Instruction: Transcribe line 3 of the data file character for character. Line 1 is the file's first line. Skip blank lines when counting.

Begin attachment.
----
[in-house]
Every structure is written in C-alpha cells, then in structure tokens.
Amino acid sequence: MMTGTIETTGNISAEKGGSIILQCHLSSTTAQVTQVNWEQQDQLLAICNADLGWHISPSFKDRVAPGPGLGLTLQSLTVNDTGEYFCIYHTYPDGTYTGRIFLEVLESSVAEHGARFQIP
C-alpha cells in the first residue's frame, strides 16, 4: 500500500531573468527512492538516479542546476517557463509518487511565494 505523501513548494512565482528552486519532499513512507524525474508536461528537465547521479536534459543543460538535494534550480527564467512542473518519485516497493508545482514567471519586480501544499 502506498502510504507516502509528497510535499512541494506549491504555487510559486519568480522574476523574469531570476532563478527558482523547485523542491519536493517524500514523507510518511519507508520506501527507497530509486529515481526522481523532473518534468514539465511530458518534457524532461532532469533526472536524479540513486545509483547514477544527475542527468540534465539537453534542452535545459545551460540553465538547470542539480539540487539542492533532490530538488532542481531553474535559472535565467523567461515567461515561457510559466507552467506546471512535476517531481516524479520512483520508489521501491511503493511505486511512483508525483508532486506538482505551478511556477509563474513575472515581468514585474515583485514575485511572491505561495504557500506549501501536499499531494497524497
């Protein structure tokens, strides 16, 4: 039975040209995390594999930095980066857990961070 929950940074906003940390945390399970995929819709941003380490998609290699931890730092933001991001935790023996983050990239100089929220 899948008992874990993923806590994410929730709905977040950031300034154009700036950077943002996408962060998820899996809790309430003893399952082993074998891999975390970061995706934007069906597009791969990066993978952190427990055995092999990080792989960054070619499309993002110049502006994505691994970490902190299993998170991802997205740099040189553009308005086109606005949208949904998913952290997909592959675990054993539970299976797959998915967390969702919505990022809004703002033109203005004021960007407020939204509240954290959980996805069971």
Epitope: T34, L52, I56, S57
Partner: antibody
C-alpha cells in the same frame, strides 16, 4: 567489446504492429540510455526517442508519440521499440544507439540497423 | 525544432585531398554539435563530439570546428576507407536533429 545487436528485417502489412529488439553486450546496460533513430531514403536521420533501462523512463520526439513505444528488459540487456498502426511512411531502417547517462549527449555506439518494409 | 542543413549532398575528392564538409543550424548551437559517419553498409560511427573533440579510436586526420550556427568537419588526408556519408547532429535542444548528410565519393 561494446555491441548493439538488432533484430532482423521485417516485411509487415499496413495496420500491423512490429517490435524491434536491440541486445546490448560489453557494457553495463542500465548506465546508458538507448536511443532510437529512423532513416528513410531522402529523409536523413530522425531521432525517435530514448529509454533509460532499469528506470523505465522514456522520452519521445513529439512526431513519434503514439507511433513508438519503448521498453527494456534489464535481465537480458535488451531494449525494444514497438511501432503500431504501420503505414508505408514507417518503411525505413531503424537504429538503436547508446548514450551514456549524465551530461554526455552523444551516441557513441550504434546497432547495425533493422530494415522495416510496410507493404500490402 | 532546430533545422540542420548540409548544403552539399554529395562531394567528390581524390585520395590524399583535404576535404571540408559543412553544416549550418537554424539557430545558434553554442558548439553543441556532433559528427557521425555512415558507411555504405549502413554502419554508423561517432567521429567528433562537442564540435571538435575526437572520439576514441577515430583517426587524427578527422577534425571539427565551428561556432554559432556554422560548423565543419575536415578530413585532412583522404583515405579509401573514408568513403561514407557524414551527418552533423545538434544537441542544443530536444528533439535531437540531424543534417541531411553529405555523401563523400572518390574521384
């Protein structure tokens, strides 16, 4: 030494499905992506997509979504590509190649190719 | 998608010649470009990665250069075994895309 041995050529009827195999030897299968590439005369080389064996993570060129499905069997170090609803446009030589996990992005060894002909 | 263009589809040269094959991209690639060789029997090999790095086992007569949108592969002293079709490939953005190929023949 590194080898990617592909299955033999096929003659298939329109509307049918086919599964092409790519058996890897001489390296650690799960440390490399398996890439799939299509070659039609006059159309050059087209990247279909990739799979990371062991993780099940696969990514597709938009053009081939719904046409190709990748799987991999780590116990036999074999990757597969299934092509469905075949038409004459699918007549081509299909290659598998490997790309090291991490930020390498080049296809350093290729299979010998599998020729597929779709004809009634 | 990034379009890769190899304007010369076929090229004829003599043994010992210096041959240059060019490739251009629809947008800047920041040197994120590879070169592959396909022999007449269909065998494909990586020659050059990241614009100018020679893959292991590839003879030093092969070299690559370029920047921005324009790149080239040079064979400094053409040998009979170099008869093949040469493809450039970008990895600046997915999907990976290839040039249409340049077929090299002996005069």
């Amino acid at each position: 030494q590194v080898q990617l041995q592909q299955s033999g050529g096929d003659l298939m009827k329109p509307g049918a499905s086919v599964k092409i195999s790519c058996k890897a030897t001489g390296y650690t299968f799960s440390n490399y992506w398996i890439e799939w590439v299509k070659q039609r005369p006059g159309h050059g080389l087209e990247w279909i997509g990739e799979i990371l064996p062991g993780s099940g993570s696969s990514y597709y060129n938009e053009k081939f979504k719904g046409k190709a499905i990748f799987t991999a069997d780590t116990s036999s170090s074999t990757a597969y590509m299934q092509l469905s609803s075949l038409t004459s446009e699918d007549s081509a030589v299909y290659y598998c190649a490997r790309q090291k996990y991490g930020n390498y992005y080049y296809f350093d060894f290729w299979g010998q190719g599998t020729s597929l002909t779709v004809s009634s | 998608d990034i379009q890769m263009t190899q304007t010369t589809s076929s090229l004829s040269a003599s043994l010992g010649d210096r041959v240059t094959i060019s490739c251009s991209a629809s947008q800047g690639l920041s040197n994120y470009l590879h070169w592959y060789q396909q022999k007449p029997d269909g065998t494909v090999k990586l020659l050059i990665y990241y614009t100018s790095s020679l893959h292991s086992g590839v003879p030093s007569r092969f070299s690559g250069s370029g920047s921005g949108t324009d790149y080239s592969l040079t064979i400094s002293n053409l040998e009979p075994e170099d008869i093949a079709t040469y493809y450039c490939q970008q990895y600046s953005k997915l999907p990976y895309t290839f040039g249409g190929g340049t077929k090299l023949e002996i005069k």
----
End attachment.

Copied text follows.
Amino acid sequence: MMTGTIETTGNISAEKGGSIILQCHLSSTTAQVTQVNWEQQDQLLAICNADLGWHISPSFKDRVAPGPGLGLTLQSLTVNDTGEYFCIYHTYPDGTYTGRIFLEVLESSVAEHGARFQIP